Medina County Courthouse

Saturday, June 15, 2013

Ninth District Opinions Released on June 10, 2013

The Court of Appeals for the Ninth Appellate District released eight opinions on June 10, 2013. Below are short summaries of the opinions. 

Vestige, Ltd. v. Mills, 2013-Ohio-2379 reversed a decision of the Medina County Common Pleas Court granting a directed verdict to the plaintiff on the defendant's counterclaim. The defendant had retained the plaintiff to perform a forensic examination of the computer belonging to the client of the defendant. The client was charged with possessing pornography involving minors on this computer. The plaintiff is a firm that offers computer forensic services. The defendant's client got convicted. The defendant believed that the plaintiff had breached its contract with the defendant by not providing its services in a competent and professional manner. 

During the presentation of the counterclaim the defendant did not call an expert witness. This led to the trial court granting the plaintiff's motion for a directed verdict. The appellate court reversed the trial court on the grounds that the allegations being made by the defendant could be understood by a lay jury and no expert witness was needed. 

Stanfield v. United States Steel Corp., 2013-Ohio-2378 reversed a decision from the Lorain County Common Pleas Court granting a motion for summary judgment filed by the defendant. The case involved whether the plaintiff was discharged for filing a workers' compensation claim. The Court of Appeals found that there were issues of material fact about whether the firing of the plaintiff was in retaliation for filing a workers' compensation and whether the employer's conduct was extreme and outrageous. The appellate court reversed and remanded for further proceedings. 

Rodriguez v. S. Star Corp., 2013-Ohio-2377 affirmed a decision of the Medina County Common Pleas Court overruling a decision of the Unemployment Compensation Review Commission that denied unemployment benefits to the plaintiff. The plaintiff was an employee of the defendant who was assigned to work with a crew chief that had repeatedly used racial slurs around the plaintiff. The plaintiff asked to be reassigned to other crews, but the supervisor refused even though he had honored such requests in the past. The plaintiff then quit. The UCRC found that he had quit without just cause. The trial court reversed that decision and the Court of Appeals affirmed the trial court. 

State v. Smetana, 2013-Ohio-2376 affirmed a decision of the Lorain County Common Pleas court that convicted the defendant of one count of sexual battery and one count of sexual imposition. The defendant appealed arguing that the trial judge had been biased against him, that his conviction was based on insufficient evidence, and that it was also against the manifest weight of the evidence. The Court of Appeals rejected all three assignments of error.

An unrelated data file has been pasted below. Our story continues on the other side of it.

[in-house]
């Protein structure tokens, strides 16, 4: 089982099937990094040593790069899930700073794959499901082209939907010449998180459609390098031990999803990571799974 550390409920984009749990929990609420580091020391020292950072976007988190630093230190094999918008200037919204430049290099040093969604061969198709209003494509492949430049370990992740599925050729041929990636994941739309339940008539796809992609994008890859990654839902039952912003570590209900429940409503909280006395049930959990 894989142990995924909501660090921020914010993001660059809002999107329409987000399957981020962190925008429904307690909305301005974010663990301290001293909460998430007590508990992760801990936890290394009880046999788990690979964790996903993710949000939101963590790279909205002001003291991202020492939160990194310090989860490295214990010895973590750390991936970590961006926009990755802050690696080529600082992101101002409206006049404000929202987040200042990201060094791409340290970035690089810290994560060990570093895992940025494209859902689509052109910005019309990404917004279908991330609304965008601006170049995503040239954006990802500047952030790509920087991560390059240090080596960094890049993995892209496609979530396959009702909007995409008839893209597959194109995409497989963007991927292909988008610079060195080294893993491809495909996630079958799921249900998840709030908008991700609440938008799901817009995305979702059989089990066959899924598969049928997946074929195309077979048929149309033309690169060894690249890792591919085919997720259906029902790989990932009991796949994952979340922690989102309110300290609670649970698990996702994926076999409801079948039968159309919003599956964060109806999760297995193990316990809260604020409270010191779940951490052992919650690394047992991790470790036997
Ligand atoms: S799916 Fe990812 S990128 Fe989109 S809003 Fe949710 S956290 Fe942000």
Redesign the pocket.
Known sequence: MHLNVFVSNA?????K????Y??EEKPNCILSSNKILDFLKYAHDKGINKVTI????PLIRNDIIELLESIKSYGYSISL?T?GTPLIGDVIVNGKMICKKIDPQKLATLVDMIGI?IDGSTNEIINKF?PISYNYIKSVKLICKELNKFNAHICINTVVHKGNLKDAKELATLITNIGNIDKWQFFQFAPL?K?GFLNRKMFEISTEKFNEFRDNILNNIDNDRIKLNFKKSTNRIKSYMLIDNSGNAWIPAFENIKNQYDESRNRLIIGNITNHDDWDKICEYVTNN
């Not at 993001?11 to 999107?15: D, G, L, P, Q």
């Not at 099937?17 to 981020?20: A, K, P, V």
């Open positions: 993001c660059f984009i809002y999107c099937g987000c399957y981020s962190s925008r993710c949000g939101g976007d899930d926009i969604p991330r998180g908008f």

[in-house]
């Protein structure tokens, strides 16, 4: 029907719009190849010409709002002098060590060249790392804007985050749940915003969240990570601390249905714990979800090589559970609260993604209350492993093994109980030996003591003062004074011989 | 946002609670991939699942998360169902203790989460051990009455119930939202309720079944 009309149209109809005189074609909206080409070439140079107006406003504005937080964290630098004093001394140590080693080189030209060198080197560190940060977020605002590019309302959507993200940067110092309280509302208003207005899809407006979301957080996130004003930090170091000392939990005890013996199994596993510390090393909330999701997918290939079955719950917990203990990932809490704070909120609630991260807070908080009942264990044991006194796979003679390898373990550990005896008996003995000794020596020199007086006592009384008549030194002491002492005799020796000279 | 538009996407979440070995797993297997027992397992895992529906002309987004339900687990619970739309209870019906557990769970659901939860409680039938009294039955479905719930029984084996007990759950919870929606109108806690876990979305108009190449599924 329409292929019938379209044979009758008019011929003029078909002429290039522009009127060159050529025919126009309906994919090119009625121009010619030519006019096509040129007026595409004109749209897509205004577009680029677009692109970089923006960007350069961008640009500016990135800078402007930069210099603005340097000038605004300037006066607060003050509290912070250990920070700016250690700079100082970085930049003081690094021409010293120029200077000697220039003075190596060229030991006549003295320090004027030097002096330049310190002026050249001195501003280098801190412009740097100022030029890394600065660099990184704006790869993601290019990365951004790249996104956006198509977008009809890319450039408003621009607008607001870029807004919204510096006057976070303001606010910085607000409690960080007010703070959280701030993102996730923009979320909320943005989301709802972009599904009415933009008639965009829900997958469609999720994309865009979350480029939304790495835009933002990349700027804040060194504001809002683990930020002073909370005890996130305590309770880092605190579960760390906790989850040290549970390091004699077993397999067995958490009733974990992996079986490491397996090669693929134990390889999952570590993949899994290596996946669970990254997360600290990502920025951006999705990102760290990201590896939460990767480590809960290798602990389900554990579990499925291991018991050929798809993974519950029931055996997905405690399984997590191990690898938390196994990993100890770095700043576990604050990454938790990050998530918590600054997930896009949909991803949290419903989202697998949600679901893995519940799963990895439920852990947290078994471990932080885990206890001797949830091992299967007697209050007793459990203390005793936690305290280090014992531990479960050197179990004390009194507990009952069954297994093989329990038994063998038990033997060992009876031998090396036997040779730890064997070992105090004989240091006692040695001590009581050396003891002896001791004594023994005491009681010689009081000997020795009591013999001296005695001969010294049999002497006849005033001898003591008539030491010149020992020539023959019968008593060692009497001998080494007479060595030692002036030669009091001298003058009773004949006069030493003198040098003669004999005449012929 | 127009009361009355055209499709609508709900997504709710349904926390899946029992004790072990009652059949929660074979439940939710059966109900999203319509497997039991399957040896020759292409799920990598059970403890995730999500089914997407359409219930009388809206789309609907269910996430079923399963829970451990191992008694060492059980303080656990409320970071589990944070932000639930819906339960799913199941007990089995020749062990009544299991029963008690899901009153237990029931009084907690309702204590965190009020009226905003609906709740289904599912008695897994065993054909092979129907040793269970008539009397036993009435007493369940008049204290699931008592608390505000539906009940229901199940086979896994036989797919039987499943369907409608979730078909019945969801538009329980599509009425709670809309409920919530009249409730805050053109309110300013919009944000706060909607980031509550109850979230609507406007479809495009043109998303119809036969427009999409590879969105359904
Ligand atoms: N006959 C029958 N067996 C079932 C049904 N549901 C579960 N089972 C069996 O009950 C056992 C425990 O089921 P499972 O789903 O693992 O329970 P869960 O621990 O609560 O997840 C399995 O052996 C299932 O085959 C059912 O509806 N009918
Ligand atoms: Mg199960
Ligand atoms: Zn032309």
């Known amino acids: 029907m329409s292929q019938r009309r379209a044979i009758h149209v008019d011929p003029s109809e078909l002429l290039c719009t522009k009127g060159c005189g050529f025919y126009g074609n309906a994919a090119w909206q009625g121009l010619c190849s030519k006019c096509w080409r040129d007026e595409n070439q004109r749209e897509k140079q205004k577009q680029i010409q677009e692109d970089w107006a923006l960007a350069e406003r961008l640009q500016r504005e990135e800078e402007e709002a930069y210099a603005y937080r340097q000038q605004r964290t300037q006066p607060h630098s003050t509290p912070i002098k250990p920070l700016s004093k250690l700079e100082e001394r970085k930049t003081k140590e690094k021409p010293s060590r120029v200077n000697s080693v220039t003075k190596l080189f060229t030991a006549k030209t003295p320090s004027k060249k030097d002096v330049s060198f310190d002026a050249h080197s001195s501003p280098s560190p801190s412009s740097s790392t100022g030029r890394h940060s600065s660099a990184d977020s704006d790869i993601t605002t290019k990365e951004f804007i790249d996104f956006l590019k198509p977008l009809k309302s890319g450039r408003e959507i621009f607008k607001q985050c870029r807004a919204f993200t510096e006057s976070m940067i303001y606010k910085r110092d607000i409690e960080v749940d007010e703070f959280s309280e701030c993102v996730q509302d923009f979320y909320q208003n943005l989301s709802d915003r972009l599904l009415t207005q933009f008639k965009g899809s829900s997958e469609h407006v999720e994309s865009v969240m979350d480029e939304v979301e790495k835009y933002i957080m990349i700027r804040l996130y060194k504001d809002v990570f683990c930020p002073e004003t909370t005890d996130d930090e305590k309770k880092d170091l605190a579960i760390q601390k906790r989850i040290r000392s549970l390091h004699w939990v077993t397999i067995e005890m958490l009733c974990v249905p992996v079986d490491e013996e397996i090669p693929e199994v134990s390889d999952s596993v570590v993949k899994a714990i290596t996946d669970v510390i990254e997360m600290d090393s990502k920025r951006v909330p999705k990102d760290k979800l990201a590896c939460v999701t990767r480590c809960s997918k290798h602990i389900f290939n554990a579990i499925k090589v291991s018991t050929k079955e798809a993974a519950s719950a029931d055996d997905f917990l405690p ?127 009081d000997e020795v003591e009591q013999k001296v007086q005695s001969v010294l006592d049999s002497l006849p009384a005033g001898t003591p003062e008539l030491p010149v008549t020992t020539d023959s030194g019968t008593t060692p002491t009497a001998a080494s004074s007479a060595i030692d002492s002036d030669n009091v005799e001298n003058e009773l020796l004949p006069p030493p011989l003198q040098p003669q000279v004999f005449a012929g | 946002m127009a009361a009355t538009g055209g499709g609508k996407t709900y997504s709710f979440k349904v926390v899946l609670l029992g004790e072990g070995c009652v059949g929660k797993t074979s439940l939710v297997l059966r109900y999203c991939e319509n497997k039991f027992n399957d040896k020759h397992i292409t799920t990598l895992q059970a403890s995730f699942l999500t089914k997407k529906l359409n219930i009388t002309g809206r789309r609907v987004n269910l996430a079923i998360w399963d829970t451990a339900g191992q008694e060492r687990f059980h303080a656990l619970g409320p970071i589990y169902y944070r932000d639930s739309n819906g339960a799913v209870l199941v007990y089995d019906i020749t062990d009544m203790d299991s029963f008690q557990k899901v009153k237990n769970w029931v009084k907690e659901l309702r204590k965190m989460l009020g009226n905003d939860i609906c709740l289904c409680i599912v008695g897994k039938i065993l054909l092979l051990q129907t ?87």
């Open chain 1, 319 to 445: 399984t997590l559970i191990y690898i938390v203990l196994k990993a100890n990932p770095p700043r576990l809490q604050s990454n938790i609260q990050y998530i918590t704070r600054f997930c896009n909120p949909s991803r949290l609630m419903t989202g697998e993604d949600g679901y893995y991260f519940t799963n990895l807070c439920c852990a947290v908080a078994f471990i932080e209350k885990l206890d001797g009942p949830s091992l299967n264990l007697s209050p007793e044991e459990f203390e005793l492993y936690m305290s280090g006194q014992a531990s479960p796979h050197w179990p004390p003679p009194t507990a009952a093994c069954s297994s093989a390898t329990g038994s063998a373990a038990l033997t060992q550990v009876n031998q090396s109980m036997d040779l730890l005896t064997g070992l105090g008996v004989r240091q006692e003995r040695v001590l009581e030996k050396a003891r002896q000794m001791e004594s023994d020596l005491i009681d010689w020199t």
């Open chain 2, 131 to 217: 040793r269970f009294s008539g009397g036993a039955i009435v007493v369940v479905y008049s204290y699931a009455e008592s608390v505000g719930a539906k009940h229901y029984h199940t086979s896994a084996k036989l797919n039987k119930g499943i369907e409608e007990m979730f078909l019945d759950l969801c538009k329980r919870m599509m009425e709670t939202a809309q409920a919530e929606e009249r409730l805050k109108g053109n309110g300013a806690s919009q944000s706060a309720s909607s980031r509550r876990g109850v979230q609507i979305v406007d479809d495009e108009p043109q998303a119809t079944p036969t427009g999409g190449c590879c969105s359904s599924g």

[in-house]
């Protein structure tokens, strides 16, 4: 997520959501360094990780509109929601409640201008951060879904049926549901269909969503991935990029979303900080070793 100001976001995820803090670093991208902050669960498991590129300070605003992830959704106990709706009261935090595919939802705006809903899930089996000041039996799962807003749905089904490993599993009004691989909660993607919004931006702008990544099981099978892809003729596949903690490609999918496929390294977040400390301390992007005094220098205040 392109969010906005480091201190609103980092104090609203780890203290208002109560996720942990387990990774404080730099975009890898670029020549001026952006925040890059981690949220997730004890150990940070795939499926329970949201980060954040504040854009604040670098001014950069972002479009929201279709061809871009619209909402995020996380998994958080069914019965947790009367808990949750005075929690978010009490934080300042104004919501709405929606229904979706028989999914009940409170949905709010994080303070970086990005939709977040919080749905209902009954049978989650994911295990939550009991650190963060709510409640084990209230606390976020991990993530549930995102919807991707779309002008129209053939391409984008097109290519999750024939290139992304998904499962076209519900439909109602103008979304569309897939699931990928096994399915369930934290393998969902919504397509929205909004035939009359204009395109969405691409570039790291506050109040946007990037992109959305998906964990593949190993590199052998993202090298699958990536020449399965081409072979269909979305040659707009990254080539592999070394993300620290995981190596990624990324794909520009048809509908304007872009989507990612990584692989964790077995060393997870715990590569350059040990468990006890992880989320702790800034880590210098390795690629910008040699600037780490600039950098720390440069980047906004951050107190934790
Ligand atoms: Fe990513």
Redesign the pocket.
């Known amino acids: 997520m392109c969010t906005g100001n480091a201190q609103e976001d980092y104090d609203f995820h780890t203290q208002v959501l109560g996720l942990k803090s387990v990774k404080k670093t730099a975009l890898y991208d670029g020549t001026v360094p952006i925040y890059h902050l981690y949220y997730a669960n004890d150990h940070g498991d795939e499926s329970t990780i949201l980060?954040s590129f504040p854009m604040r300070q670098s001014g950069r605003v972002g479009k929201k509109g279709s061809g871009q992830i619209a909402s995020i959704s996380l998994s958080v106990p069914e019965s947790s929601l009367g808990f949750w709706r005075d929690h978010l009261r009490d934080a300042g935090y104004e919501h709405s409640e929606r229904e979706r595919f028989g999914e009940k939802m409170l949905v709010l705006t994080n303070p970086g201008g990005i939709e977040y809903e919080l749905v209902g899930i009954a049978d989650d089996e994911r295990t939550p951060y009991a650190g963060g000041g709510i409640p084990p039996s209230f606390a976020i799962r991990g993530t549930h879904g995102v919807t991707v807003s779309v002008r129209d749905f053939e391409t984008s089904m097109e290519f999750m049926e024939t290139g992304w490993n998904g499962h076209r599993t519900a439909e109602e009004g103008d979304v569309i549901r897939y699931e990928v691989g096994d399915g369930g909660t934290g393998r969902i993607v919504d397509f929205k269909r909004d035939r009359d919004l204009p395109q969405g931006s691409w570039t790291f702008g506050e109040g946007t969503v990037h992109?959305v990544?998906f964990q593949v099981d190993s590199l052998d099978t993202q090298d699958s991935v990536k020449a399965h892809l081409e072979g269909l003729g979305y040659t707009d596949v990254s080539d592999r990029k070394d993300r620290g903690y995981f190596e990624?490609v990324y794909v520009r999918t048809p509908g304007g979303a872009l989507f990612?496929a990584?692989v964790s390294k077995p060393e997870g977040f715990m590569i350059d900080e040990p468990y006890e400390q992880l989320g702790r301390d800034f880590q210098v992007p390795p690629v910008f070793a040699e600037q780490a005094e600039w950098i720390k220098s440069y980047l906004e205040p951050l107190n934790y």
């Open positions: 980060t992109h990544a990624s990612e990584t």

State v. Jones, 2013-Ohio-2375 reversed a decision of the Lorain County Common Pleas Court that suppressed evidence seized as the result of a traffic stop. The trial court held that the officer did not have probable cause to make a warrantless search of the trunk of the defendant's car following the stop. The State argued that the search was justified on the basis of the automobile exception to the warrant requirement. The Ohio Highway Patrol trooper who stopped the vehicle smelled an odor of marijuana. He found marijuana "shake" in the passenger compartment of the car, but believed that the shake was not the source of the odor. He searched the trunk and found more drugs, including marijuana and heroin. By a 2 to 1 vote the Court of Appeals upheld the search. The decision contains an interesting dissent by Judge Belfance in which she reviews the history of the automobile exception to the Fourth Amendment. 

Wells Fargo Bank N.A. v. Horn, 2013-Ohio-2374 reversed of decision of the Lorain County Common Pleas Court that granted a summary judgment to Wells Fargo in a foreclosure action. The appellate court reversed and remanded with directions to dismiss the case without prejudice. The dismissal order was based on the recent Ohio Supreme Court case of Fed. Home Loan Mtge. Corp. v. Schwartzwald, 134 Ohio St.3d 13, 2012-Ohio-5017, ¶ 40.

Committe v. Rudolchick, 2013-Ohio-2373 reversed a decision granting a motion for summary judgment to a defendant in a negligent entrustment lawsuit. The Court of Appeals reversed because the documents cited in support of the motion were not evidentiary material required by Civ. R. 56. The Court pointed out that in the Ninth District a trial court may rely on documents that are not evidence as that term is used in Civ. R. 56. Here, though, the plaintiff objected to such documents and the trial court should not have considered them. Without the contested documents, the defendant did not establish that there was no issue of material fact. 

Artim v. Lorain Cty. Bd. of Dev. Disabilities, 2013-Ohio-2372 both reversed and affirmed a decision of the Lorain County Common Pleas Court that had granted motions for summary judgment filed by the Disabilities Board and an employee of the Board. The lawsuit involved injuries received by a child of the plaintiffs' while she was undergoing therapy at a facility run by the Board. The appellate court found that the trial court properly granted summary judgment to the Board on the basis of sovereign immunity but that it erred when it granted summary judgment to the employee. The appellate court wrote that there was a material issue of fact as to whether the employee's acts were wanton and malicious. Judge Carr dissented because she found that the employee as well as the Board should have had their motions for summary judgment granted.  

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